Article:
Employability Series: Swansea University’s Applied Linguistics Literacy Partnership Placements

My name is Maslin Costiniano and I would like to share with all of you an experience that I feel has contributed to my recent success in procuring my next step after graduation, which is an internship as a teaching assistant in Japan.

In my third year I took part in a placement scheme organised and supported by the Applied Linguistics department. It was an afterschool programme at Dylan Thomas Community School. In this programme we were guest speakers/teachers to students ranging from year 7 to year 10. In these sessions we were tasked with delivering pre-prepared materials with the goal of encouraging and/or motivating students to aim higher and to not be daunted by the myths surrounding further education.

My fellow student volunteers were very supportive and we worked together well. We all had the same ambition thus we were all motivated to make the most out of the experience, and it is in this attitude we developed our ‘teacher’s instincts’. I say this because as not-yet-qualified teachers we questioned and changed the pre-made materials in our second visit, as we felt that we wanted to take ownership of the materials. As a result of this initiative taking, we got more practice and experience in a skill that would not normally be part of the placement. We designed our own lessons and materials, and corresponded with the supervising teacher in the school to propose new topics. My experience in the lesson planning was quite valuable to me as I learnt the efficiency and value of having other teachers’ input and ideas. It was very informative to have a second, and often third, opinion on the activity I was pitching.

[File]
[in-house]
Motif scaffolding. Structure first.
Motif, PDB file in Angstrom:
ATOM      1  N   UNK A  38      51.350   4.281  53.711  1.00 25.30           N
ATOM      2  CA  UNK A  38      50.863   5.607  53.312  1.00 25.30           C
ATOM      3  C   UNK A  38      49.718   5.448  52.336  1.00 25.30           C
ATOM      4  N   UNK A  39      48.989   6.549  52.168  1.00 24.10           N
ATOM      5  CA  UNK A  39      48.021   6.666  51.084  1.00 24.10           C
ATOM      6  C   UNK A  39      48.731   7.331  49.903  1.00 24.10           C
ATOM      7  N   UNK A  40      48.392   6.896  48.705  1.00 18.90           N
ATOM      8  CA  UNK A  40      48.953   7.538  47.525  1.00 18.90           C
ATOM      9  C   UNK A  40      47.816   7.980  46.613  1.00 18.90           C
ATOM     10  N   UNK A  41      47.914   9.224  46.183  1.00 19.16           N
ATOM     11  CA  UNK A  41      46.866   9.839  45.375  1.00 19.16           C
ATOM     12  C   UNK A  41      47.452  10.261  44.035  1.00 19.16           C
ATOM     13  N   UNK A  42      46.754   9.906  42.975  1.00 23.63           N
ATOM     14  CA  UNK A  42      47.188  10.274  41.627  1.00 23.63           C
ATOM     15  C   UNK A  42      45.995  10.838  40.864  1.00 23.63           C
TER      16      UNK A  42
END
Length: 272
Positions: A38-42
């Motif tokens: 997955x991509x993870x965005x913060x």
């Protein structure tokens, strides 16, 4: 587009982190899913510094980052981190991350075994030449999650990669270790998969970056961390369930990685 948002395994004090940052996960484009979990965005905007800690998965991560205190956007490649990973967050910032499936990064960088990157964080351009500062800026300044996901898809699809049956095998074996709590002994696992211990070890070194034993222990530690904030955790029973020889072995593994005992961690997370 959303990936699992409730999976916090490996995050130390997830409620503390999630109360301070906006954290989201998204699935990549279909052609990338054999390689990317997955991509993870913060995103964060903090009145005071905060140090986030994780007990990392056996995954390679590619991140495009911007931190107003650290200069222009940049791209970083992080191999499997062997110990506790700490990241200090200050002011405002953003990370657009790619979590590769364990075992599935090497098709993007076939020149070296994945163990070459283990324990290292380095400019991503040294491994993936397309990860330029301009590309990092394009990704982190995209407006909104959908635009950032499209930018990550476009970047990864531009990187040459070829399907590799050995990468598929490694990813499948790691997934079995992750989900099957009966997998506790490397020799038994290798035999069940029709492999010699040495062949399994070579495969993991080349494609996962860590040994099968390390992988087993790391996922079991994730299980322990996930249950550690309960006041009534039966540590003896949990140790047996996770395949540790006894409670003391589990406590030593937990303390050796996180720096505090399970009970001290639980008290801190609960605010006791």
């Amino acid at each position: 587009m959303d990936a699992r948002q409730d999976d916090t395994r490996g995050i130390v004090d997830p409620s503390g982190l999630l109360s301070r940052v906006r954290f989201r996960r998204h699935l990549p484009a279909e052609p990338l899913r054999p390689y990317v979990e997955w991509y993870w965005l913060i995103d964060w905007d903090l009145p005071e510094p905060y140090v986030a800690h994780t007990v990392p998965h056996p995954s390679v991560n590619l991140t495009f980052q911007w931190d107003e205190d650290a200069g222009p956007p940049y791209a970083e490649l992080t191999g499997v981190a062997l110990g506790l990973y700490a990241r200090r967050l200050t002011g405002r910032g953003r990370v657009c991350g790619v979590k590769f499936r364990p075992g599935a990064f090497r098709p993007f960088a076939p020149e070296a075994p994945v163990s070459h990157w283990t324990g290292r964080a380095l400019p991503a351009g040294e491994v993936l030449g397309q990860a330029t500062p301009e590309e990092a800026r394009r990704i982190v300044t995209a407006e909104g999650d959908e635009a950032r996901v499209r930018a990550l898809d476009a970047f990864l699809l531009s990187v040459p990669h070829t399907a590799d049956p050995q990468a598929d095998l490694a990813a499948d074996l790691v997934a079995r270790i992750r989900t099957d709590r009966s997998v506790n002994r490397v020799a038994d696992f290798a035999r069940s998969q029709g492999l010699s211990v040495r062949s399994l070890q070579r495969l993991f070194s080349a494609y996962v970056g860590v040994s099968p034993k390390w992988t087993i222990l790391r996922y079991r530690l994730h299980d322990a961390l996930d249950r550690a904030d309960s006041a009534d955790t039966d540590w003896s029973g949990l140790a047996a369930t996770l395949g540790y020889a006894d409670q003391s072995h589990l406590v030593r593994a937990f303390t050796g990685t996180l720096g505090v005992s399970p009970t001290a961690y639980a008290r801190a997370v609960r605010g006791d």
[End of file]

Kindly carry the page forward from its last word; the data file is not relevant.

The most valuable experience for me was learning to adjust and adapt my already existing teaching knowledge (having done a CELTA) to suit a new setting. However, I discovered that many of the techniques and principles in teaching, whether the teaching is teaching English as a foreign language or teaching of English at secondary school, were interchangeable. This has given me more confidence in exploring the different types of students I might teach in the future. It has been quite enlightening in terms of the external factors that could affect students’ learning, for example, the importance of forging good teacher-student relationships and the value of working as a team in the teaching profession.

I highly recommend this placement for those who aspire to be teachers of any kind, it definitely increased my potential for employability: I’ve gone from having no work experience to now having several that I can include in my CV and draw on in interviews.

 

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